“This is the issue that could change things for the tea party movement,” said Lee Ann Burkholder, founder of the 9/12 Patriots in York, Pa., which drew 400 people — more than twice the usual turnout — to a recent meeting to discuss agitating against Common Core.

Lawmakers have responded by introducing legislation that would at least temporarily block the standards in at least nine states, including two that have put the program on hold. The Republican governors of Indiana and Pennsylvania quickly agreed to pause Common Core, and Michigan Gov. Rick Snyder (R), a vocal supporter of the plan, is nevertheless expected to accept a budget agreement struck by GOP legislators that would withhold funding for the program pending further debate.

Georgia Gov. Nathan Deal (R) — who, like the other targeted governors, is facing reelection next year — said, “We didn’t see it coming with the intensity that it is, apparently all across the country.” Deal has responded by signing an executive order “reaffirming state sovereignty” over education matters, but that hasn’t stopped conservatives from trying to undo the standards.

The White House has promoted Common Core, written by governors and state education officials in both parties and largely funded by the Bill and Melinda Gates Foundation, to create consistent math and reading standards from kindergarten through 12th grade. Academic standards vary widely among states, and that patchwork nature has been partly blamed for mediocre rankings of U.S. students in international comparisons.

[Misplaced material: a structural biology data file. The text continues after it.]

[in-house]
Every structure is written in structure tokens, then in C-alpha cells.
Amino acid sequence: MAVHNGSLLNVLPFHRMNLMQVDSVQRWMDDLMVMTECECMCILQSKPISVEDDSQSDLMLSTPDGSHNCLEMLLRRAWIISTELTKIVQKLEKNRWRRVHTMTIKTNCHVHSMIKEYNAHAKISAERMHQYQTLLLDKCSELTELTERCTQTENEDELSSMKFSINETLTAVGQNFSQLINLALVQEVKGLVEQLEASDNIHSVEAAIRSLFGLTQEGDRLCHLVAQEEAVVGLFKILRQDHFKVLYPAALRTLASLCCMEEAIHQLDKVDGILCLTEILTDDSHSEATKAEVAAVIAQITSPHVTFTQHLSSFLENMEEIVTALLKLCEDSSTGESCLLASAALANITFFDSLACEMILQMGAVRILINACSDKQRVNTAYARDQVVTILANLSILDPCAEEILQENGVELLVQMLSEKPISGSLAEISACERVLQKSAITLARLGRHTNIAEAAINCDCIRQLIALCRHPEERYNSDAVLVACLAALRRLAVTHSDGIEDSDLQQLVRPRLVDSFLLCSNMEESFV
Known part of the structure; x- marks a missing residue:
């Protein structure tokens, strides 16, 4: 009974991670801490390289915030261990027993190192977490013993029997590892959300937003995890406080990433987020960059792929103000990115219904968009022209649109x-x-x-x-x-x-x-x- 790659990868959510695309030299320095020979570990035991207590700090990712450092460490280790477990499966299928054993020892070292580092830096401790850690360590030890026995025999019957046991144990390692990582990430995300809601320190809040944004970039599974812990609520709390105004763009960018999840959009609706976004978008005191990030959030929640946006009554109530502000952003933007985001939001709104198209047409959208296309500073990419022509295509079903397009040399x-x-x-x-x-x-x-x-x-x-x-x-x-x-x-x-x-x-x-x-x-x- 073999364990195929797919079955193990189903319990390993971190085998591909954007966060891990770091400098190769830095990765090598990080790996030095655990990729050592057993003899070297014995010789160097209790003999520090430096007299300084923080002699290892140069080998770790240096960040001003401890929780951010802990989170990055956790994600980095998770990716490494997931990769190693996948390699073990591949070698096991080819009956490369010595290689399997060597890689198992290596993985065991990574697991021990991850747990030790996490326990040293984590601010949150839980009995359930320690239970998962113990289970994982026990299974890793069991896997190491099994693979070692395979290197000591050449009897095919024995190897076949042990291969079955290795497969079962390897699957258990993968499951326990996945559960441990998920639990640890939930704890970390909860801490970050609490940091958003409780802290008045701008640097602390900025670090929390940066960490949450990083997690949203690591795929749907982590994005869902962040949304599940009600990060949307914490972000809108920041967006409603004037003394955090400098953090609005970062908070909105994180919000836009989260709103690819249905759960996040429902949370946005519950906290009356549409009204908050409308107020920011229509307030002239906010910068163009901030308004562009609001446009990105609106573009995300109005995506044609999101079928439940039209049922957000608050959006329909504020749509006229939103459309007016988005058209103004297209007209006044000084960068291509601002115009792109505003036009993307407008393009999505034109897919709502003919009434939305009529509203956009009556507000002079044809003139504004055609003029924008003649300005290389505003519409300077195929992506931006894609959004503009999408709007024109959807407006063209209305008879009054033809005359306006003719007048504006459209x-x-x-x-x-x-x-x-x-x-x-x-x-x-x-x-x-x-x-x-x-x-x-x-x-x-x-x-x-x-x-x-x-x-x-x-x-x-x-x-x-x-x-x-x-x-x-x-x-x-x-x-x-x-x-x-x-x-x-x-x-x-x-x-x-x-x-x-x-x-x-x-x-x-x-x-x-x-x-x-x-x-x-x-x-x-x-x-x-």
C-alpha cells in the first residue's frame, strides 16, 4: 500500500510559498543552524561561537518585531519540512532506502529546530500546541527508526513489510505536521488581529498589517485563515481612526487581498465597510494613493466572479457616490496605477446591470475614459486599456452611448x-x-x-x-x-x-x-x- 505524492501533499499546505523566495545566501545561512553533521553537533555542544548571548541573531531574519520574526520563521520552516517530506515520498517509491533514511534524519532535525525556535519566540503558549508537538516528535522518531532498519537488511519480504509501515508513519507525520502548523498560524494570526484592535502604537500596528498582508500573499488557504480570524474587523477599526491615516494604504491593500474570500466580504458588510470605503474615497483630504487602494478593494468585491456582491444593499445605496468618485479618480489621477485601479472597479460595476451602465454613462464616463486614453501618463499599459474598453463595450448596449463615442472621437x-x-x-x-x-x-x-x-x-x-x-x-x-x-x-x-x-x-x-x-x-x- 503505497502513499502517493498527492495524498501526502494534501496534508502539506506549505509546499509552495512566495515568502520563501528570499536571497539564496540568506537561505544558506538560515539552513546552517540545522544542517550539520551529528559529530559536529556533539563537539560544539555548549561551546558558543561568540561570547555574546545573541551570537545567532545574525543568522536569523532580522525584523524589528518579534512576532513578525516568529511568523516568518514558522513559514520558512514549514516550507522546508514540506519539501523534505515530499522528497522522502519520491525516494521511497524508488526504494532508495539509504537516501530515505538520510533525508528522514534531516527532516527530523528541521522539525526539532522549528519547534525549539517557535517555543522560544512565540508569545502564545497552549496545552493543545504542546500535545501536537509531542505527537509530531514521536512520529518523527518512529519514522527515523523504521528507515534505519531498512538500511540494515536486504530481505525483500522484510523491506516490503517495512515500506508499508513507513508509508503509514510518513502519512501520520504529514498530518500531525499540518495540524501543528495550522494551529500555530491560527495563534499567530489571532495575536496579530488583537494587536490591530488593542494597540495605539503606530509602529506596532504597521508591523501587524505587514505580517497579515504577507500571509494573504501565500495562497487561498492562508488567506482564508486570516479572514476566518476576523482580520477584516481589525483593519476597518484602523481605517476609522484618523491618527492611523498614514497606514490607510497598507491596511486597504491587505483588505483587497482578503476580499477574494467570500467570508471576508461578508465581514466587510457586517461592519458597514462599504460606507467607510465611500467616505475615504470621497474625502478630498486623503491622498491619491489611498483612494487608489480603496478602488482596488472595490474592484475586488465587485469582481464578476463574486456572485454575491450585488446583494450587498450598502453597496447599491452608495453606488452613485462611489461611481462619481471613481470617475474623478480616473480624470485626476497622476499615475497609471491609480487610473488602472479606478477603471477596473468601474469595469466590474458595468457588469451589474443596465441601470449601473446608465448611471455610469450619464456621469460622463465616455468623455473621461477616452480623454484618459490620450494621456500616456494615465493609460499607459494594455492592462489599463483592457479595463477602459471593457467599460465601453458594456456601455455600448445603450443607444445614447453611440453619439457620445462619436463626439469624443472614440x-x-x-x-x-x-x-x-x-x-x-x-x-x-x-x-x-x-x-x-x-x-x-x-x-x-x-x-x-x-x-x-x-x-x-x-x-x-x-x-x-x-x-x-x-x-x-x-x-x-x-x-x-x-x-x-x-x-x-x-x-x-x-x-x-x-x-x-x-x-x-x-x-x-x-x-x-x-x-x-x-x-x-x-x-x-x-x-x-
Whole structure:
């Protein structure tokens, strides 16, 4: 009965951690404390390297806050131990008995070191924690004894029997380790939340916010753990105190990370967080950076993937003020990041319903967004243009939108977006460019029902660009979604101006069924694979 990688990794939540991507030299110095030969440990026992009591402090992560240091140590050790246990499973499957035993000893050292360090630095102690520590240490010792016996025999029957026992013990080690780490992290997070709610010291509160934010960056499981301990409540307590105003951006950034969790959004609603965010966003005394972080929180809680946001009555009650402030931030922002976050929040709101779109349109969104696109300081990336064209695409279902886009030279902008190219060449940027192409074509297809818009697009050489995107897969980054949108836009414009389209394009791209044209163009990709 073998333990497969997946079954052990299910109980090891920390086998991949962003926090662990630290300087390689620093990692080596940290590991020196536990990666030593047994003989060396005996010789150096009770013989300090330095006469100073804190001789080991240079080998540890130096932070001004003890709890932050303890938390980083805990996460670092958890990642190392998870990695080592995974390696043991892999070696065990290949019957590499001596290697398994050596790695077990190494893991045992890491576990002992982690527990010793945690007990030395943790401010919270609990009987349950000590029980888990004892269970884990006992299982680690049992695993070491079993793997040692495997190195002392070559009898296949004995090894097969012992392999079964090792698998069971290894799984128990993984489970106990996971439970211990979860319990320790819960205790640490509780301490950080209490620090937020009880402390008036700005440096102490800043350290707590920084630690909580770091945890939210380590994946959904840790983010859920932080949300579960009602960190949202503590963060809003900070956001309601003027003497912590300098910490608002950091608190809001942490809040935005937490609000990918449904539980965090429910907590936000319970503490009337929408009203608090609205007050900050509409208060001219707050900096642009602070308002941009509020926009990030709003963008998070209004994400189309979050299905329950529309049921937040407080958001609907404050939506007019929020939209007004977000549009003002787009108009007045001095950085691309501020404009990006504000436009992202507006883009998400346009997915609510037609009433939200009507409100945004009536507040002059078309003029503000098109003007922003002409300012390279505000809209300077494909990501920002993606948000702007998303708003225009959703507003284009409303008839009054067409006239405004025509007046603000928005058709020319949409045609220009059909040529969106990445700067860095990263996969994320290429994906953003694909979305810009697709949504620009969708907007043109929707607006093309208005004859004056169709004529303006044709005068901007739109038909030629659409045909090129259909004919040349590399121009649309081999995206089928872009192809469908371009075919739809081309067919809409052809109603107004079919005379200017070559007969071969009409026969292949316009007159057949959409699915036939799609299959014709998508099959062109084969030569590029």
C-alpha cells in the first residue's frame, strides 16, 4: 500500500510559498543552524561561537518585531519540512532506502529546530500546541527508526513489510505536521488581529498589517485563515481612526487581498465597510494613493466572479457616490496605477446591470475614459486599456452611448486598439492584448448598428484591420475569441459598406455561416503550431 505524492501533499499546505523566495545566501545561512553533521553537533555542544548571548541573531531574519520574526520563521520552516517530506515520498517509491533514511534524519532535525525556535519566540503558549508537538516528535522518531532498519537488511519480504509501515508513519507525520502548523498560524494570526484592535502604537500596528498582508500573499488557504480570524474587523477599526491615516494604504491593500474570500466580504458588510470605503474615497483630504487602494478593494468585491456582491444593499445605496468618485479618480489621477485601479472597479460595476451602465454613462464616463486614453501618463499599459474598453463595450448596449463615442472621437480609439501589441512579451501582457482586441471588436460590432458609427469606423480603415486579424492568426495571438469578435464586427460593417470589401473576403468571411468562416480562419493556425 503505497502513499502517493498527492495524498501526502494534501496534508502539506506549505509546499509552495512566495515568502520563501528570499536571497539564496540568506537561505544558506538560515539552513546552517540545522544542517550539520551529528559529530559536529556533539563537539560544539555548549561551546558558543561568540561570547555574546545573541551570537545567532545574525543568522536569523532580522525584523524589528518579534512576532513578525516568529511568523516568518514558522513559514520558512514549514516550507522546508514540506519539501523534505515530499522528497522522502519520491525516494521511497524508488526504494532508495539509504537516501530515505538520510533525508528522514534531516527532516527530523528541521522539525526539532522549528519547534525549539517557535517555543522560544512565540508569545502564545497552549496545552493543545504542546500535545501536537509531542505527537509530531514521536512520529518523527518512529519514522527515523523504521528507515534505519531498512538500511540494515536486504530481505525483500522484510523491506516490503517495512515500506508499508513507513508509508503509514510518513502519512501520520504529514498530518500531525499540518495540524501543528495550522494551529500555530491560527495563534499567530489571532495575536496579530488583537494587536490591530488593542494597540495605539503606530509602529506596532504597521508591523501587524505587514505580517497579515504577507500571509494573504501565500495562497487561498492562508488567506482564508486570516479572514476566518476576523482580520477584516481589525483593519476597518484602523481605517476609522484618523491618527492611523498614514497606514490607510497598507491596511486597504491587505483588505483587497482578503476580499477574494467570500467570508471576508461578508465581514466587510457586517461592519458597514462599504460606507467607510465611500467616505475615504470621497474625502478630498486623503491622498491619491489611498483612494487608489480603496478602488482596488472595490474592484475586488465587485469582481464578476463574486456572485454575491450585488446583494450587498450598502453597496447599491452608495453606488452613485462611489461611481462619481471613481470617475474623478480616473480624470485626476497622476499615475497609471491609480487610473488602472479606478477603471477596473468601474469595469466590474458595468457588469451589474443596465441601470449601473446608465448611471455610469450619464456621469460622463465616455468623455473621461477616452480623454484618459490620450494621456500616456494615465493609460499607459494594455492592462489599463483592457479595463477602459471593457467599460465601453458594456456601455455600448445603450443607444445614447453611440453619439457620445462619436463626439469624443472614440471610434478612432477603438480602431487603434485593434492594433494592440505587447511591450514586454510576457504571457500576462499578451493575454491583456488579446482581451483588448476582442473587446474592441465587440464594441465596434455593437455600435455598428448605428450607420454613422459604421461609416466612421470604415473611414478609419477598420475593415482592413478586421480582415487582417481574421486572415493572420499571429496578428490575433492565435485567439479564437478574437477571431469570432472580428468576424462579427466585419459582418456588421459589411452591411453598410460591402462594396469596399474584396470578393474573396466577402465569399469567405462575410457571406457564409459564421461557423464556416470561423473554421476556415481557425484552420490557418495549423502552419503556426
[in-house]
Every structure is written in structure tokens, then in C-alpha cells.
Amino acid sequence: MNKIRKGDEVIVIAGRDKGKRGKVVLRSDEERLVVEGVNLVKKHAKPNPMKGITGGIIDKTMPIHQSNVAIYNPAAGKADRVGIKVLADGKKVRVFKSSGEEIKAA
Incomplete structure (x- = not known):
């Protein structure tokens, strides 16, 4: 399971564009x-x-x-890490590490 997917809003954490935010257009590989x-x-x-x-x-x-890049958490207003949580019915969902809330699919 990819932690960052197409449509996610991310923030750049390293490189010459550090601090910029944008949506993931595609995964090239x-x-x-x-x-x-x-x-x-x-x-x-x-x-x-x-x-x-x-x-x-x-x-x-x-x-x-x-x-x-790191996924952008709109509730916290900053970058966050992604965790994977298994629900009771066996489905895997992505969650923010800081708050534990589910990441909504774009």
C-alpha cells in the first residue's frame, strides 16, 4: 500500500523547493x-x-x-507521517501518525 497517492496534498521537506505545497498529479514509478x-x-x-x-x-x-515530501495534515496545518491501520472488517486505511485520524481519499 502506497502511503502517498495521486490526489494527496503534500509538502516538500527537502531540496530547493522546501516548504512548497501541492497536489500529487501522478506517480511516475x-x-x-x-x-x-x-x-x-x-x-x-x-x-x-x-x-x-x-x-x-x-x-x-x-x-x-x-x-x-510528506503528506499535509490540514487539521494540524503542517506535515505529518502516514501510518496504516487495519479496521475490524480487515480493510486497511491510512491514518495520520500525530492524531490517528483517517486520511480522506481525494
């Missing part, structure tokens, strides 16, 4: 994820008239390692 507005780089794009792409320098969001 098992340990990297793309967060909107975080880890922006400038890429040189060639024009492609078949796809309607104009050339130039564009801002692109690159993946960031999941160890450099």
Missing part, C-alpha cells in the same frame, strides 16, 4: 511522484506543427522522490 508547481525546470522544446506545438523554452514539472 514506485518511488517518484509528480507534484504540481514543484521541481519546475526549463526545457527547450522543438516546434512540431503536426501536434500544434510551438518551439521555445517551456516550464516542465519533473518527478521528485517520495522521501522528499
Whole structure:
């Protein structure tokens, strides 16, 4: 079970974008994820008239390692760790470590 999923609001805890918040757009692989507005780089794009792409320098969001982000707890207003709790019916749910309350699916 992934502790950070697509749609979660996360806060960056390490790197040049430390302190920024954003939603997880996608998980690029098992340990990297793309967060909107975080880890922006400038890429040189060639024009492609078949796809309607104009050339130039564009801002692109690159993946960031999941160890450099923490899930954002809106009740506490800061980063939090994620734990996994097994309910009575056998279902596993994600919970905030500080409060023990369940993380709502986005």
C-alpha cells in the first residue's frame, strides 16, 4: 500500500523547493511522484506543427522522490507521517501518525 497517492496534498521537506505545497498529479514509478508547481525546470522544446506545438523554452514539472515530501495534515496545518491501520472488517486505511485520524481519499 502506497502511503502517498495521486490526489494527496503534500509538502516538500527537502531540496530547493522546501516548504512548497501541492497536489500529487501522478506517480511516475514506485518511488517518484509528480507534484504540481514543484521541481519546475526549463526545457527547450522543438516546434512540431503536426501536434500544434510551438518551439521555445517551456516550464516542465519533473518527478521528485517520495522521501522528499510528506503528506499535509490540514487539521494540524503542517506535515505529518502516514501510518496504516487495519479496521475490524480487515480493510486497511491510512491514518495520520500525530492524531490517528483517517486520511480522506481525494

The standards do not dictate curriculum. Rather, states decide what to teach and how to prepare children for standardized tests based on Common Core.

The standards have been fully adopted by 45 states and the District and are scheduled to be in place by 2014. Supporters fear that an eleventh-hour drop in state participation could dilute some of the potential benefits, such as the ability to compare student test scores across many states, while also creating logistical hurdles for school districts that are developing curriculum and training teachers.

Dennis M. Doyle turns up as CEO of the secretive charity CoTA (Collaboration of Teachers and Artists) in San Diego

UPDATE: CoTA finally responded to me after I contacted the San Diego Foundation and a reporter. The 2011-2012 Form 990 is now on the Internet.